Ms. Baker, who worked on the Charles Chocolates campaign, said the most important thing for short bursts of game play is that the ad doesn’t get in the way. “You can’t be in the middle of breaking down the wall in ‘Angry Birds’ and have something pop up as an ad,” Ms. Baker said. “The principle of advertising has to be not to interrupt the game play.”

Source: http://adage.com/article/digital/angry-birds-success-shows-casual-games/148091/


Three Ways Google Could Push Adoption of Android Market’s In-App Billing

Charles Hudson is a co-author on our Inside Virtual Goods series of industry reports, a co-founder of Android game developer Bionic Panda Games and a partner at SoftTech VC. Bionic Panda recently began using Google in-app billing, which finally came out to consumers at the end of March after several months of anticipation from the Android developer community. Hudson also used to work at Google on new business development.

We recently decided to launch Google In-App Billing in our first game, Aqua Pets. As a matter of background, we had been using PayPal to monetize our original game and were beginning to get user requests for support for credit cards. About one week ago, we released Google In-App Billing for Aqua Pets and decided to see how it would perform.

Our one major reservation with moving forward with Google in-app billing was the relationship between the 30 percent commission and what we anticipated the payment-enabled customer audience to be. While we don’t develop for the iOS platform, there are two compelling reasons why we think the 30 percent that Apple takes makes sense:

  • Apple has over 200 million credit cards on file already, so they’re bringing a large payment-enabled audience to application developers and they have every right to charge for access to that audience.
  • Apple kept alternative options off the platform from the very early days, which meant that just about everyone had to live with the same constraints around what they could and could not used to monetize. This is markedly different from other platforms, such as Facebook

After a week of using Google In-App Billing, we decided to dive into some of the data for our first week of paying users. Google does pass a field called “Account Age” that allows you to determine how long a given user who successfully transacts has had a payment-enabled Google Checkout account. We ran the data on our first batch of paying customers to determine the distribution of account age and charted the data below:

This is an admittedly small sample size of transactions and Google In-App Billing has only been publicly available for less than a month. However, what was of particular interest to us was the dark blue slice — nearly 25 percent of the users who transacted have had Google Checkout payment capabilities for less than a week and a meaningful number of them had account ages of 0 or 1, which means they essentially enrolled in Checkout to purchase in our application. Another 21 percent had only had payment capabilities in Checkout for less than a month, still relatively new to the world of spending money on applications through Google.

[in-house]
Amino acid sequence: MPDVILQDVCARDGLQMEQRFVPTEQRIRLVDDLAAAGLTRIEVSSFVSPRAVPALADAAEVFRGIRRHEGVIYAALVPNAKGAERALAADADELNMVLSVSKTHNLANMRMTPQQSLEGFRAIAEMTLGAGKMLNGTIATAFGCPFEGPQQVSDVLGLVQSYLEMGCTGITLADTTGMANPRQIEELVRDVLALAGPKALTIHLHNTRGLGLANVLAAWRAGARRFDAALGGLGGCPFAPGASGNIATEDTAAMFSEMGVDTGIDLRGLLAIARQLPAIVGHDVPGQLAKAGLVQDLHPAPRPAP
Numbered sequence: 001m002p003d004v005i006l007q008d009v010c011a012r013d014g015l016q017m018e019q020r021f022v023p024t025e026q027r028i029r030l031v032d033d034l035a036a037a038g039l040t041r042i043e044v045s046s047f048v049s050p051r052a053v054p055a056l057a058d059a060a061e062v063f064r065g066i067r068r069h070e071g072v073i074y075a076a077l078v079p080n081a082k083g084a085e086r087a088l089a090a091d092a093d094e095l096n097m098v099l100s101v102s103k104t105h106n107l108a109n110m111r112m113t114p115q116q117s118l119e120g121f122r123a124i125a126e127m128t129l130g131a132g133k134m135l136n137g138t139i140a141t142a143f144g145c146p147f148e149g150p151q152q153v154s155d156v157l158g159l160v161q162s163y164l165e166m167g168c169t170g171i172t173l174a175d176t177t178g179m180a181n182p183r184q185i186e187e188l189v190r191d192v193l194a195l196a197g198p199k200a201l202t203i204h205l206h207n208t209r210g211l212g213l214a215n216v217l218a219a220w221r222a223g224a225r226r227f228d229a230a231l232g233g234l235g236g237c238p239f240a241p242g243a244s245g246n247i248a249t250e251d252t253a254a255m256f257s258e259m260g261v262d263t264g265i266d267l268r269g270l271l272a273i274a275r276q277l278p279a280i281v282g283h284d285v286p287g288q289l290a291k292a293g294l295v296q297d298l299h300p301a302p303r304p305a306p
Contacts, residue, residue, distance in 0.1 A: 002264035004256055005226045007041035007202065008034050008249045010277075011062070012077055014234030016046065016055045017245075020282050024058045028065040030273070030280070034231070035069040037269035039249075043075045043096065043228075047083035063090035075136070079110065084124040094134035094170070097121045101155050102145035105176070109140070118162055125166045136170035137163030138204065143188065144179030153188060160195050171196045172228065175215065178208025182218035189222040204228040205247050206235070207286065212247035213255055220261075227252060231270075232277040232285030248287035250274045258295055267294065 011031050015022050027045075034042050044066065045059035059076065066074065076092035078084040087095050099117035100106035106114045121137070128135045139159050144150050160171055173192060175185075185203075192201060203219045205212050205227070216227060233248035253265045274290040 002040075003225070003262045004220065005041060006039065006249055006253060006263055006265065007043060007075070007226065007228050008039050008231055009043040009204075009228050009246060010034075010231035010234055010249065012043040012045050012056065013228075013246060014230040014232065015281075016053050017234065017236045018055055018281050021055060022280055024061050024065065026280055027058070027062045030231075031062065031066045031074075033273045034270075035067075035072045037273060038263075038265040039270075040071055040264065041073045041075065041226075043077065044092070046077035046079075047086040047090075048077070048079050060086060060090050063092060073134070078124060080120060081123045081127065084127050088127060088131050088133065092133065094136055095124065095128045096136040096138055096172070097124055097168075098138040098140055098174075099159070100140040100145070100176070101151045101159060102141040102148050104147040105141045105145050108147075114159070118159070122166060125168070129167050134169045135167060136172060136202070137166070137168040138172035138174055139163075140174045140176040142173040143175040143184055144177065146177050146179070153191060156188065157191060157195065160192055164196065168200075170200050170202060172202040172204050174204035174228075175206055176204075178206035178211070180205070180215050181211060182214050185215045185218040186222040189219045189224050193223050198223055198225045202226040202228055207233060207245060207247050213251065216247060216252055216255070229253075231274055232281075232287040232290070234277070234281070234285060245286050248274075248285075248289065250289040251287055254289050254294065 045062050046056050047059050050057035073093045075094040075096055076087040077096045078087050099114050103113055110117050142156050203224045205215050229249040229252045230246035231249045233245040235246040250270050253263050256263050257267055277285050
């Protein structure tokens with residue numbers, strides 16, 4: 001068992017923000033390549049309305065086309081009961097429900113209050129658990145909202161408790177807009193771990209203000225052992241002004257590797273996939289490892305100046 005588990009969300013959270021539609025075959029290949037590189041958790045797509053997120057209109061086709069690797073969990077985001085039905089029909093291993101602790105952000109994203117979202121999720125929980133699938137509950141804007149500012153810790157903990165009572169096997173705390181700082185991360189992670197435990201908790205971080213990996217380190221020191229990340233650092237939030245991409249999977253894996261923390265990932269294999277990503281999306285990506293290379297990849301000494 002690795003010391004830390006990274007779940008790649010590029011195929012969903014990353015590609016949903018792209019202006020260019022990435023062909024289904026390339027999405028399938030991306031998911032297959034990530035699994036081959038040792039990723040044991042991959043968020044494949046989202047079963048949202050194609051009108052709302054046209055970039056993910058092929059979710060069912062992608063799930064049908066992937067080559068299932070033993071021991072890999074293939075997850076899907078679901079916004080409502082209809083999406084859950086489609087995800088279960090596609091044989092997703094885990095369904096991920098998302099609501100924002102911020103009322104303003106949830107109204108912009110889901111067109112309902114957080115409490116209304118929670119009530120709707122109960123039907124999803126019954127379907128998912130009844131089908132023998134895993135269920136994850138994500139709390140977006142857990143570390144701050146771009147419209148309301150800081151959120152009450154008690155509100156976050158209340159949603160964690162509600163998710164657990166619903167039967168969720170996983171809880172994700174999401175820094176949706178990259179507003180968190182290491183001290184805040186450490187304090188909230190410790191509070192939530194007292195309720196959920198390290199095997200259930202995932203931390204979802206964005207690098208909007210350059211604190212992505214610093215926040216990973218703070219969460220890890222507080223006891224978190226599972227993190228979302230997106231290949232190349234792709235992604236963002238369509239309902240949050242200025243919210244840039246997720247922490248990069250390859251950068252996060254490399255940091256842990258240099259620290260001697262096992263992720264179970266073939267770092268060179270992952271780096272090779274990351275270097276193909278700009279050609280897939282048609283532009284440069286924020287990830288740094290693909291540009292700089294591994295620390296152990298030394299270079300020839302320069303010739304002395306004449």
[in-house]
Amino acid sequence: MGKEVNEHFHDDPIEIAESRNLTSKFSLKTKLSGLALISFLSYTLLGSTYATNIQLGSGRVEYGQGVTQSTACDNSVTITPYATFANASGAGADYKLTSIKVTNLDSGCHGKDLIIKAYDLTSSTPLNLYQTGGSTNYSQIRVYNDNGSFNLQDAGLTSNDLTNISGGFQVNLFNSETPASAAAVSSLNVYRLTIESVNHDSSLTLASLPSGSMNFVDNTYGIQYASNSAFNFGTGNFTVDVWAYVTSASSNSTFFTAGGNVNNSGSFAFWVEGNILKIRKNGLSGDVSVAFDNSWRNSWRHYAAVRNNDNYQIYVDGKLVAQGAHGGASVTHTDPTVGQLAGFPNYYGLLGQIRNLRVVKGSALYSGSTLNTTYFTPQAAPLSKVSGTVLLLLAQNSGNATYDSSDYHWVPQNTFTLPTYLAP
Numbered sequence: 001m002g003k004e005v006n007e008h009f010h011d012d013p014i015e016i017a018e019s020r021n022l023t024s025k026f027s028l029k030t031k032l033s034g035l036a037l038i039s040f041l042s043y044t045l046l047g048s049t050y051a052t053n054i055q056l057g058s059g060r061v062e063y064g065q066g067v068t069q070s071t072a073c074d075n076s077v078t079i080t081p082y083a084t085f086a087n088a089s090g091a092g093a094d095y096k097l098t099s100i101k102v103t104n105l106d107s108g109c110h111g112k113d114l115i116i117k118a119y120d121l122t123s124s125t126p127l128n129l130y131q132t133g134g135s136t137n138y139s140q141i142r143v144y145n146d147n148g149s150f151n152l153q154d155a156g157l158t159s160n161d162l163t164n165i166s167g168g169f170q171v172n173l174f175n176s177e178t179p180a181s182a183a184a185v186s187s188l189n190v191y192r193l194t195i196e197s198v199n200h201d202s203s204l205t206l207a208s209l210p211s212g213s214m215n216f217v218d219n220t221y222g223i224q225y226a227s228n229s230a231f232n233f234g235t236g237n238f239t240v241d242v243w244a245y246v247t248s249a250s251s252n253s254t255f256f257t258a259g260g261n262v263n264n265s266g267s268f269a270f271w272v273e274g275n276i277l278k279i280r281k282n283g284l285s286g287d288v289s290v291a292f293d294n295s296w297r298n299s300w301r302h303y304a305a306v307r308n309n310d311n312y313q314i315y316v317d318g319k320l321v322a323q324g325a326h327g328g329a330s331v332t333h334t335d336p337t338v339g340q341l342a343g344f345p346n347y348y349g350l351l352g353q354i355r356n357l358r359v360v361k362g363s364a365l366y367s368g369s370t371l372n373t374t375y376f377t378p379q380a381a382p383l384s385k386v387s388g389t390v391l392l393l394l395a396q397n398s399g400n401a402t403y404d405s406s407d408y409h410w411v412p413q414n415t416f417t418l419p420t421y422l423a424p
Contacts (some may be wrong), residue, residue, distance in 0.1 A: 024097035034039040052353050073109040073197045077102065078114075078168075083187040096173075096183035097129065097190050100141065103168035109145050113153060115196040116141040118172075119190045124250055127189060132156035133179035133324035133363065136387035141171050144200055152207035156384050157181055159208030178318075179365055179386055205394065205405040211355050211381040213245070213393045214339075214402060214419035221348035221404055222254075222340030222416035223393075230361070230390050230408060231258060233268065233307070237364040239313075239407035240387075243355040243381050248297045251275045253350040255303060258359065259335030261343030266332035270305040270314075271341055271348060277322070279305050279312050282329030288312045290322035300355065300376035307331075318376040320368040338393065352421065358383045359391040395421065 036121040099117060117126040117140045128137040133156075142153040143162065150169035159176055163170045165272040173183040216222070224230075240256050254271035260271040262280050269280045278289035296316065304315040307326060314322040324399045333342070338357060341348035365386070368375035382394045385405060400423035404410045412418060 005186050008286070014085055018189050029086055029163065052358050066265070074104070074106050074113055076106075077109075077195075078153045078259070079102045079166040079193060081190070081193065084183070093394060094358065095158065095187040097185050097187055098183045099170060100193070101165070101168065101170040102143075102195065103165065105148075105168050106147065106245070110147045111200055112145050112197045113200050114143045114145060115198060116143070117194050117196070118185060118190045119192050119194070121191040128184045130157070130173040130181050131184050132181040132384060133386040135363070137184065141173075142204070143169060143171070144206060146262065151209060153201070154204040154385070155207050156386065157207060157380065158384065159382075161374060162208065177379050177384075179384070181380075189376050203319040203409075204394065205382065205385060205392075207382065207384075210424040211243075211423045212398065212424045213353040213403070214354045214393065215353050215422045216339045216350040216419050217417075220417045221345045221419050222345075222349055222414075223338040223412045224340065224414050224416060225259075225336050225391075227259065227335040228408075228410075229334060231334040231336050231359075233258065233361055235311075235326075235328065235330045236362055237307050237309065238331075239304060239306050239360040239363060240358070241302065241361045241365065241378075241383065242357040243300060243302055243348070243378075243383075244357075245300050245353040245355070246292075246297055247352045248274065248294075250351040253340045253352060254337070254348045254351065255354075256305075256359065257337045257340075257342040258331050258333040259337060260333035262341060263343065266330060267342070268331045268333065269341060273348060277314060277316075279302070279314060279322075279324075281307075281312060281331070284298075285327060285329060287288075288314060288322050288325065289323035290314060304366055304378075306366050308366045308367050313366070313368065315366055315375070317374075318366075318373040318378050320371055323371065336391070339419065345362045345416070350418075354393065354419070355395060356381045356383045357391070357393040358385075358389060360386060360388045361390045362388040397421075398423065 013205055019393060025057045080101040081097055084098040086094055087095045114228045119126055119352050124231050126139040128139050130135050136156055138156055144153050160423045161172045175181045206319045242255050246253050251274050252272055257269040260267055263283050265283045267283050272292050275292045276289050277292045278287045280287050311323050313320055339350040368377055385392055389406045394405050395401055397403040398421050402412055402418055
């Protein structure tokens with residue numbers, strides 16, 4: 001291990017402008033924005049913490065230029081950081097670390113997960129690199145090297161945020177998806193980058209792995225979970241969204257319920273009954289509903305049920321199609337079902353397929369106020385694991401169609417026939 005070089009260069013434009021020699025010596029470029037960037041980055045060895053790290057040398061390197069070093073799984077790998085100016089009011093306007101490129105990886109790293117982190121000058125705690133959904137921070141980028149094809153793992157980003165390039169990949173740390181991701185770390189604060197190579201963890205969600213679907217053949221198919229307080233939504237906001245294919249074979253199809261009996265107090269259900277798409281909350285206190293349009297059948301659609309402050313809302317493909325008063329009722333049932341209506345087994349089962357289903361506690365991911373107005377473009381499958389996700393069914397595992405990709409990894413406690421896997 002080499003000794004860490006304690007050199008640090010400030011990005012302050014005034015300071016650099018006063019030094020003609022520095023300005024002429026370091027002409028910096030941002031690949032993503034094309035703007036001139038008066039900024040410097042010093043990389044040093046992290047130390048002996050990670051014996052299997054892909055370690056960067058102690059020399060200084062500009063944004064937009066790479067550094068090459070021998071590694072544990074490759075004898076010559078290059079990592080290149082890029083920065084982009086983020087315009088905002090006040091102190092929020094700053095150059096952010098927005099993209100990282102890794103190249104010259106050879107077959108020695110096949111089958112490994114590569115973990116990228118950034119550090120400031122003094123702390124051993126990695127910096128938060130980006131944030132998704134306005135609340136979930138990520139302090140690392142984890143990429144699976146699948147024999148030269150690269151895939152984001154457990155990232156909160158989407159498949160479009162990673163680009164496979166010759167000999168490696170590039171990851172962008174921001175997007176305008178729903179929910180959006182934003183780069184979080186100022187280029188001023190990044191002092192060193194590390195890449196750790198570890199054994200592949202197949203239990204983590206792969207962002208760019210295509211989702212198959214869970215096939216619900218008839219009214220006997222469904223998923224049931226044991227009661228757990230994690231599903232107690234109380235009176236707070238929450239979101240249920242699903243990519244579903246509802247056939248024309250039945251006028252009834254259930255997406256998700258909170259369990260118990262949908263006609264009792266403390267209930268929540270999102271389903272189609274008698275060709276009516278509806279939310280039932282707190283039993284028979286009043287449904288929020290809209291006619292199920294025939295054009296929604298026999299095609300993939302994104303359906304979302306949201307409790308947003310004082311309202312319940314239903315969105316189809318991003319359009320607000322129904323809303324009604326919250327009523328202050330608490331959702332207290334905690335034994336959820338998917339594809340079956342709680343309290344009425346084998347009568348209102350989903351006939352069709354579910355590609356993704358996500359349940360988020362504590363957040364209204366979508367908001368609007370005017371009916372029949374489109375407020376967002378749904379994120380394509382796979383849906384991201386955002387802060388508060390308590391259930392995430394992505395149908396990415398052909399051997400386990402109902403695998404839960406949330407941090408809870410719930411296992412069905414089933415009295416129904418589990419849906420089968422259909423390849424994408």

We really do want to see Google In-App Billing succeed and succeed quickly — it would be good for anyone building paid or free applications on the Android platform. If I were trying to drive broad adoption, there are three things Google could do and they are not mutually exclusive:

1. Compensate application developers who are enrolling net new Google Checkout customers: One way in which Google could make In-App Billing more attractive to developers would be to pay developers who enroll net-new Google Checkout customers. A small bounty of $5 to 10 per activated account would be interesting for most developers and would give the community a stronger incentive to push it more aggressively to users. A bounty of that size would be inline with what other payment options, namely PayPal, have paid historically to activate new users. It doesn’t seem unreasonable for Google to consider compensating developers who are helping to acquire customers.

2. Make Google In-App Billing mandatory for all application developers and enforce it: One other way to drive more broad adoption of In-App Billing is to strictly enforce usage of Google’s In-App Billing as a required and perhaps exclusive way to pay for in-app purchases across the network of applications in the Google Android Market. I do think that having end-users consistently see the Google Checkout experience across applications will make it feel more familiar and help hopefully grow the base of payment-enabled users. Having a standardized, simple, consistent way to checkout and buy things in apps that feels familiar to all users would be a net benefit for the platform.

3. Waive all of the fees for the rest of the year: One objection that developers have to rolling out Google In-App Billing is the 30 percent commission that Google is charging. There’s a simple solution to that — just remove it for the remainder of 2011. Yes, it will cost Google money. But zero-cost transaction processing is attractive to every developer out there and would likely spur some of the folks sitting on the fence to integrate in-app billing into their apps and encourage users to use it. They can reinstate fees in 2012 with a larger base of installed users and a happier set of developers who’ve seen the benefits of using in-app billing in their own applications.